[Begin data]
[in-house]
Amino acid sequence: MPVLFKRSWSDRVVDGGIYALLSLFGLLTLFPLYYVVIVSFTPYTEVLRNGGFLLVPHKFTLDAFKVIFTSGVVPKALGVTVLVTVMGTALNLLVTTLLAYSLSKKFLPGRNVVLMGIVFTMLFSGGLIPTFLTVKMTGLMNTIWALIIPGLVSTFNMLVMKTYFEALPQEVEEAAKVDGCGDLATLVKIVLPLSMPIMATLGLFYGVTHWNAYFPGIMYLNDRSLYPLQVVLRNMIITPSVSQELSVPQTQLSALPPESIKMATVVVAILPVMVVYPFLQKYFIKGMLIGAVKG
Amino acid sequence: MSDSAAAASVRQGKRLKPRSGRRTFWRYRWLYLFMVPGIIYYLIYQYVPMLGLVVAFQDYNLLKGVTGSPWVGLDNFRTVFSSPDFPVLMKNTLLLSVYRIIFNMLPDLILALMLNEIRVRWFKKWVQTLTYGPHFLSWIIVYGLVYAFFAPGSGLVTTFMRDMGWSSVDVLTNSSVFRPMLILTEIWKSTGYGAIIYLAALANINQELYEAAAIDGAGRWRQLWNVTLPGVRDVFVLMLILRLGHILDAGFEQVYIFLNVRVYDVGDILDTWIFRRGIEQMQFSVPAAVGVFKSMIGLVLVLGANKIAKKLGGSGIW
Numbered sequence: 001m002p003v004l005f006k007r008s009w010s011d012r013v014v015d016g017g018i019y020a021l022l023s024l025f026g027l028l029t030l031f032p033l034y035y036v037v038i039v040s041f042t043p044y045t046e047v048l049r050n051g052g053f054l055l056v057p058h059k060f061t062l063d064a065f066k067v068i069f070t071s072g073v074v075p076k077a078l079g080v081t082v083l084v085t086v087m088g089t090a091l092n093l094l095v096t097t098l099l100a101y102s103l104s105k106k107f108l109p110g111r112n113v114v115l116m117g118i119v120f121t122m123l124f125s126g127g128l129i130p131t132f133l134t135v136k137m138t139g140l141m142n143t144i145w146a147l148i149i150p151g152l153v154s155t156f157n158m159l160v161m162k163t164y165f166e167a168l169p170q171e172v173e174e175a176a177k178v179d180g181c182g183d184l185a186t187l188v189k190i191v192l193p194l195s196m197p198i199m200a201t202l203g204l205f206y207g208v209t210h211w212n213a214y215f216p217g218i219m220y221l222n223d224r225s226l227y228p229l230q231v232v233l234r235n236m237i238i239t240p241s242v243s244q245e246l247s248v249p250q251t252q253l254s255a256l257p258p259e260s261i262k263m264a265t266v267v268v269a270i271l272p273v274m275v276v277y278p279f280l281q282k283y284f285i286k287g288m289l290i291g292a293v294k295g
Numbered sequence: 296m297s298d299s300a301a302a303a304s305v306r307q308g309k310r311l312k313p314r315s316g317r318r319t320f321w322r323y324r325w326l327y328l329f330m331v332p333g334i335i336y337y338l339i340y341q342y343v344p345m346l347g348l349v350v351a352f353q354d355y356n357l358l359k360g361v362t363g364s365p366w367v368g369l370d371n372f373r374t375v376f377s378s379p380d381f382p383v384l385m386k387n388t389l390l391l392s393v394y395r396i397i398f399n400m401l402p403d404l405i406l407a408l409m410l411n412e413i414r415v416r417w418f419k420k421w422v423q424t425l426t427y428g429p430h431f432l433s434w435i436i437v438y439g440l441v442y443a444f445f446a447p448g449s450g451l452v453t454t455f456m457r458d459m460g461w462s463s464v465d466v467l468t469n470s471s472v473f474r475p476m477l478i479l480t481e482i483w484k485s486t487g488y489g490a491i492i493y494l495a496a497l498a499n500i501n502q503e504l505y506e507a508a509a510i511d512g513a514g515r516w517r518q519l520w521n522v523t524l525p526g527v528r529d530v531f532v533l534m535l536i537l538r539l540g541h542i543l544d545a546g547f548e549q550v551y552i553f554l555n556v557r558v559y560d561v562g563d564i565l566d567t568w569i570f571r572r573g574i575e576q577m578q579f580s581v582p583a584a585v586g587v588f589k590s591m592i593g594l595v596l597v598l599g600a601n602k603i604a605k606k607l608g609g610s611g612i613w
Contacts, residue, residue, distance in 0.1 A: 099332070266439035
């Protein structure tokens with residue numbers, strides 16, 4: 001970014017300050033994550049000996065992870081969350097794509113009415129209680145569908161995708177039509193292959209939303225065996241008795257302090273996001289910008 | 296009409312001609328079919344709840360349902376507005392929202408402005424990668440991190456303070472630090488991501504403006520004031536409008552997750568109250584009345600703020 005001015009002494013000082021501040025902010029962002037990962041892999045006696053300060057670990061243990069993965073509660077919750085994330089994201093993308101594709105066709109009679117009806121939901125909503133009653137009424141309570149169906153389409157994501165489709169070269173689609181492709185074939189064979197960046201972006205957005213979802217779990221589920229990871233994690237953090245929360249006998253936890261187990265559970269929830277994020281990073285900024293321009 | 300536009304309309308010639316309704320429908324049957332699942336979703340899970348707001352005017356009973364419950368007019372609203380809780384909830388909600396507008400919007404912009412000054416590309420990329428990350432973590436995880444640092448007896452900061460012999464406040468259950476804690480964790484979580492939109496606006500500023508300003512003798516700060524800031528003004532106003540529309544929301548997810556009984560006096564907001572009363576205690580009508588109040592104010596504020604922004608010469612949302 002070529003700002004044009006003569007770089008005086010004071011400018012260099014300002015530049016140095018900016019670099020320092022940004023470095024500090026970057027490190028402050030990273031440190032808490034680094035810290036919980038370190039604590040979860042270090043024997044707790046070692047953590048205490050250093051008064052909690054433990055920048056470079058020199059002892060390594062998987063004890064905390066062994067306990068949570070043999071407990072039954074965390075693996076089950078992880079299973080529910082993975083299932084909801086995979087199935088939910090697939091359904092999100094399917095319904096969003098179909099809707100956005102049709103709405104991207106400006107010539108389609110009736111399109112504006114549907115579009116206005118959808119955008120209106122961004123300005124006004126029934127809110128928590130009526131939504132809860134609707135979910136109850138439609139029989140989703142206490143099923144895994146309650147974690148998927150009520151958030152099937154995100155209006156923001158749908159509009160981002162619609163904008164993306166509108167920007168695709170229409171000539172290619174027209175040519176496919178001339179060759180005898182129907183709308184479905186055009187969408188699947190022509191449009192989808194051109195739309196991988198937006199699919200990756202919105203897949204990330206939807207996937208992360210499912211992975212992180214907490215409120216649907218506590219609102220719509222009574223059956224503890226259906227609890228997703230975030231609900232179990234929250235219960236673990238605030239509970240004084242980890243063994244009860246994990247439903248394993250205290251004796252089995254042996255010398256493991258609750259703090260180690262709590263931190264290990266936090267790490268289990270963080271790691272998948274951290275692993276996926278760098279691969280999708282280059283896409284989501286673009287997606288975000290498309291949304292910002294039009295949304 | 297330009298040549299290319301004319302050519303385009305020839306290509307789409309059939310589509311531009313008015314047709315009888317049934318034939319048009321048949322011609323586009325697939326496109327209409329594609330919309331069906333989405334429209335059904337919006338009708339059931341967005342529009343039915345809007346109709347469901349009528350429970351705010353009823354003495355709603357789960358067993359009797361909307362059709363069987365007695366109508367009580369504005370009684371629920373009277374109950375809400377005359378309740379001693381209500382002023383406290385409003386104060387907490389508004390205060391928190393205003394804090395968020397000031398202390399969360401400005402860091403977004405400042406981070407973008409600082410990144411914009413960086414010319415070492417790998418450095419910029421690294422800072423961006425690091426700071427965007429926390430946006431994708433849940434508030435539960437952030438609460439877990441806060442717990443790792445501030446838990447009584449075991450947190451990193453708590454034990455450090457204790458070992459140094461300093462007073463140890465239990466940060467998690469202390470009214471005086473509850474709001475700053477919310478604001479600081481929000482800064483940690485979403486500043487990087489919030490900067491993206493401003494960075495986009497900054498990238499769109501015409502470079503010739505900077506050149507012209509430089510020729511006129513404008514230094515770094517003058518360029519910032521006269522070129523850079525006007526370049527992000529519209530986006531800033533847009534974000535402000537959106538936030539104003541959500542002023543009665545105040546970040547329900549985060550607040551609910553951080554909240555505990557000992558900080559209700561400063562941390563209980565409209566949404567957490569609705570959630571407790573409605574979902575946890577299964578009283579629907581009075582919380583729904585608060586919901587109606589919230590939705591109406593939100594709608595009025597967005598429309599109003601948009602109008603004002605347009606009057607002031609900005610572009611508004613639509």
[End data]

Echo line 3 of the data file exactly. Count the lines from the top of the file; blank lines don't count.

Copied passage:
Amino acid sequence: MSDSAAAASVRQGKRLKPRSGRRTFWRYRWLYLFMVPGIIYYLIYQYVPMLGLVVAFQDYNLLKGVTGSPWVGLDNFRTVFSSPDFPVLMKNTLLLSVYRIIFNMLPDLILALMLNEIRVRWFKKWVQTLTYGPHFLSWIIVYGLVYAFFAPGSGLVTTFMRDMGWSSVDVLTNSSVFRPMLILTEIWKSTGYGAIIYLAALANINQELYEAAAIDGAGRWRQLWNVTLPGVRDVFVLMLILRLGHILDAGFEQVYIFLNVRVYDVGDILDTWIFRRGIEQMQFSVPAAVGVFKSMIGLVLVLGANKIAKKLGGSGIW